Summer in Galway

Summer this year for us has been different.

This Summer we are faced with the reality of having to rely on accessible places to visit. Places that welcome families like ours.

What are families like ours?

We are the different family.

The loud family.

The family that comes with many, many bags in order to have a ‘family day out’.

The days of bringing a changing bag, for us, aren’t over.

The days of making sure we’ve the suitable foods with us, the ‘formula’ or soft foods , in our case are a few bottles of ‘fortisip’ . The ‘soother’ or ‘dummy’ for our family is the pain relief , the hemp oil and the good ol reliable iPad.

We don’t travel anywhere lightly.

We don’t just go in the car and head off to the beach on a hot day.

We don’t decide on a whim to go off for the day.

We plan.

We ring the ‘possible’ place of interest and we ask questions, which are often met with a few ‘I don’t knows’ or ‘ I think so’s’.

Ireland as a whole isn’t accessible.

That is the truth.

The places that are accessible don’t really understand what’s needed inside a toilet which has that little wheelchair symbol on it’s door.

I wasn’t always such a stickler for detail until my son began to lose his ability to walk and will eventually be unable to stand unaided.

A baby changing table inside a disabled toilets makes no sense , it serves no purpose to a person who cannot physically use the toilet unaided.

A baby changing table should either be in a family toilet room or inside the men’s and ladies toilets.

The places which are very accessible still don’t have a truly accessible toilet.

It’s disheartening.

It means families like ours can’t really get out and about as much as we would like to.

That’s not an exaggeration. It is a fact.

It’s a fact that for us and for this Summer we chose to ignore it. If we were told that there was a disabled toilet , we packed the car up and went.

Ethan can still stand while we freshen him up. He leans on his daddy while I get down on the dirty floor, careful not to leave anything which will be going on my son on that floor. We bring throw away matts. We place his clean clothes, wipes, pull-up and anything else he needs on that matt. There’s no room for my knees too, so I use toilet roll if I have the time. Sometimes I don’t as Ethan really hates being freshened up in a strange room, which nine times out of ten, is cold, wet and dirty.

I scrub my hands before I touch him and after if I’ve the time I scrub my hands again; often I rely on baby wipes to get the germs off my hands.

That’s the reality.

That’s what people mean when they say ‘unable to use the toilet unaided’.

Our children and young adults have the basic right to their dignity.

These disabled toilets strips them of that dignity.

I won’t take a picture to show you, but I hope I have described what it is like to have to rely on a disabled toilet when cleaning your disabled child (and I hope I have kept Ethan’s dignity intact by doing so).

Next year, I am pretty sure that this won’t be the case.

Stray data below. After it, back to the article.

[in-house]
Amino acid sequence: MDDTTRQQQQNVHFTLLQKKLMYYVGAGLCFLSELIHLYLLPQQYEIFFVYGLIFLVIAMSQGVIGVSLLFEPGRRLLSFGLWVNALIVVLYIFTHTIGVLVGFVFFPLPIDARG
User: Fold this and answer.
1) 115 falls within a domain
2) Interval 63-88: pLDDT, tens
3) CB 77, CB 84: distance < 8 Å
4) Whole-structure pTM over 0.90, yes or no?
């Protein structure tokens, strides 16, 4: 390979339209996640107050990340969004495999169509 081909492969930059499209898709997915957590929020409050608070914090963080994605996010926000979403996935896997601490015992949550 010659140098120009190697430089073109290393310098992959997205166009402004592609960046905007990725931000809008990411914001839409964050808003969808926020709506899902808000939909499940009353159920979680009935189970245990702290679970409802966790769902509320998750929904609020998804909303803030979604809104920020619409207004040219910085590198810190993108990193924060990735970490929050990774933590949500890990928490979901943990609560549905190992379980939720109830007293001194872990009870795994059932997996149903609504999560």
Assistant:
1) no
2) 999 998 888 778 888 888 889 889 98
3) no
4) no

Next year I am sure Ethan will have to lay on a changing table ; but where are these changing tables? Where are the hoists to help me when it’s just me and Ethan?

Should I just not bother bringing my son out?

All these questions scare me.

The fact that ‘Joe public’ thinks nothing of using a disabled toilet is hard enough but that the powers that be, still put a baby changing table in a disabled toilet is absolutely shocking.

Enough about toilets, I know you’ve all read it before.

We’ve been to a lot of places this Summer with only one thing on our minds – memories.

We want to make memories.

We need to make memories.

This year thus far has given us a lot of reality checks.

It’s shown us that the ‘house always wins’.

We never thought in our wildest dreams that Ethan would lose so much of ‘Ethan’ in such a short amount of time.

It’s scary.

It’s the elephant in the room.

It’s the unsaid.

It’s also the reason we are doing our best to get out and about as a family, a loud, noisy family with a lot of bags and one that almost always attracts a crowd, sometimes in a good way or sometimes in a bad way…

We will begin a new journey with Lauralynn this September.

This is something I am still coming to terms with and no doubt will find it hard when we have our first visit.

I know Lauralynn will also help us make memories.

I wanted to complete a list of places which in my opinion are accessible (despite the disabled toilets being the ‘typical’ disabled toilets)

We have another four weekends before school starts ; I plan to do a day trip each weekend.

This is where you guys come in.

Is there somewhere you think Ethan would enjoy?

We can only travel for roughly 2 hours in the car before Ethan has had enough.

We live in Galway.

Sunday we plan to visit Sensory Me in Roscommon – anywhere else in Roscommon,that you either know is accessible or you’re not sure, just recommend it in the comments and I can do the rest!

Thus far we have been to Dreamland, Mungret Park, Curraghchase Park, Cong, Connemara (the Wild Atlantic Way) , Carraroe, Marley Park, Enniskerry, Powerscourt, The Kylemore Abbey, Connemara National Park, Birr Castle …

I should make it very clear that I have not been given anything for my opinions on the places which I have already visited and plan to visit . I am not writing advertisements, nor am I looking to. I am simply trying to compile a list for the whole family, the family like ours, who are many things but average.

Thank you!

This was originally published on FamilyFriendlyHQ

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